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New drug against hepatitis C is being investigated

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New drug against hepatitis C is being investigated

Researchers are investigating a new drug to treat hepatitis C virus,  a type of hepatitis that is most commonly associated with cirrhosis and liver cancer. Clinical studies so far show that miravirsen decreases viral load of patients infected with C virus. In addition, it appears that the risk of resistance to treatment is much lower unlike other medications used to treat hepatitis C.

However it must be said that more studies need to be done in order that this drug become part of the standard treatment of hepatitis C virus. The mechanism of action of this drug is inhibition of virus C replication. In a small phase 2 clinical trial, it has been demonstrated that miravirsen used in the highest dose, decreased viral load of approximately 500 times. It was also showed that patients taking miravirsen have not developed resistance to treatment, unlike others drugs that are used in managing hepatitis C.

Dr. Judy Lieberman, chairwoman of cellular and molecular medicine at Boston Children’s Hospital, said this is the first real trial and the results are encouraging. She added that what seems interesting is that now there seems to be no resistance to treatment.

Hepatitis

Hepatitis C

The study, led by Dr. Harry Janssen, a professor of medicine at the University of Toronto and Erasmus University Rotterdam in the Netherlands, included 36 patients who were divided into 4 groups. The first three groups received miravirsen in different doses (3 mg, 5 mg or 7 mg / kg) and the fourth group received placebo for 29 days. It was found that in patients who received the highest dose of drug viral load decreased 500 times and that in 4 of 9 patients the viral load was beyond the detectable limits. Regarding side effects, there were no significant toxic effects except for a local reactions at the injection site and a slight increase in liver enzymes.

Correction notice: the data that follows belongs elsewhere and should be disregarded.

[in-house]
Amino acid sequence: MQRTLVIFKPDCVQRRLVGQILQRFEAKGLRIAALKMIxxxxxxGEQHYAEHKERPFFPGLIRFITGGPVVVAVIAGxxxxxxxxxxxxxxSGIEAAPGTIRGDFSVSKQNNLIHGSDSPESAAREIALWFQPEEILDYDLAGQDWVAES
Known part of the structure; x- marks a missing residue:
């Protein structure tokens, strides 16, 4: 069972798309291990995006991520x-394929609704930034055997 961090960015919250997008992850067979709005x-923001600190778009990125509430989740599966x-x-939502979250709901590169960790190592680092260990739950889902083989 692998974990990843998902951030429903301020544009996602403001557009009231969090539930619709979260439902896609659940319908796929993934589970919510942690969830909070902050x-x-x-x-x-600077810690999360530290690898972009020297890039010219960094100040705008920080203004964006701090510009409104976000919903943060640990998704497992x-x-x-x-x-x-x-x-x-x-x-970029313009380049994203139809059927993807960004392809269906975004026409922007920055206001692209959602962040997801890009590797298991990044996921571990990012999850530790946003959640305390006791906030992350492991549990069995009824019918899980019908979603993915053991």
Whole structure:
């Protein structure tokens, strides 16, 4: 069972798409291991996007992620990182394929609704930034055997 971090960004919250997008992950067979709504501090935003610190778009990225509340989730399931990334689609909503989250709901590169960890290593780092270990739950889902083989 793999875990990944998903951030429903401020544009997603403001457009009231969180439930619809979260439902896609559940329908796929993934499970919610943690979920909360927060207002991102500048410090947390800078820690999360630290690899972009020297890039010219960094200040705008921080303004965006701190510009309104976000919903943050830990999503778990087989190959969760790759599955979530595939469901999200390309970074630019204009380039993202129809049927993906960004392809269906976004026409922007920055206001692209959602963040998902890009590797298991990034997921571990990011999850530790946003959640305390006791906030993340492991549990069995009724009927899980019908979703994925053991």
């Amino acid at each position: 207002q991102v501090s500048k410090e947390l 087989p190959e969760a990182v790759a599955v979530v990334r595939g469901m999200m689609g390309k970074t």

Statistics show that hepatitis C affects approximately 170 million people worldwide, but the number of those infected may be much greater because the infection has an asymptomatic period. The virus C infection is transmitted through needles and blood transfusions, unprotected sex, etc., and patients may be a good while asymptomatic or may present asthenia, fatigue, bloating, loss of appetite etc.. The risk that a patient with hepatitis C will result in cirrhosis and liver cancer is quite high, this is why treatment is essential. However, Dr. David Bernstein, chief of the division of hepatology at North Shore University Hospital in Manhasset, N.Y, said: “It’s a novel concept, but it’s only 36 patients and a phase 2 study. It’s impressive that their viral loads came down, but most suffered a recurrence of the virus.”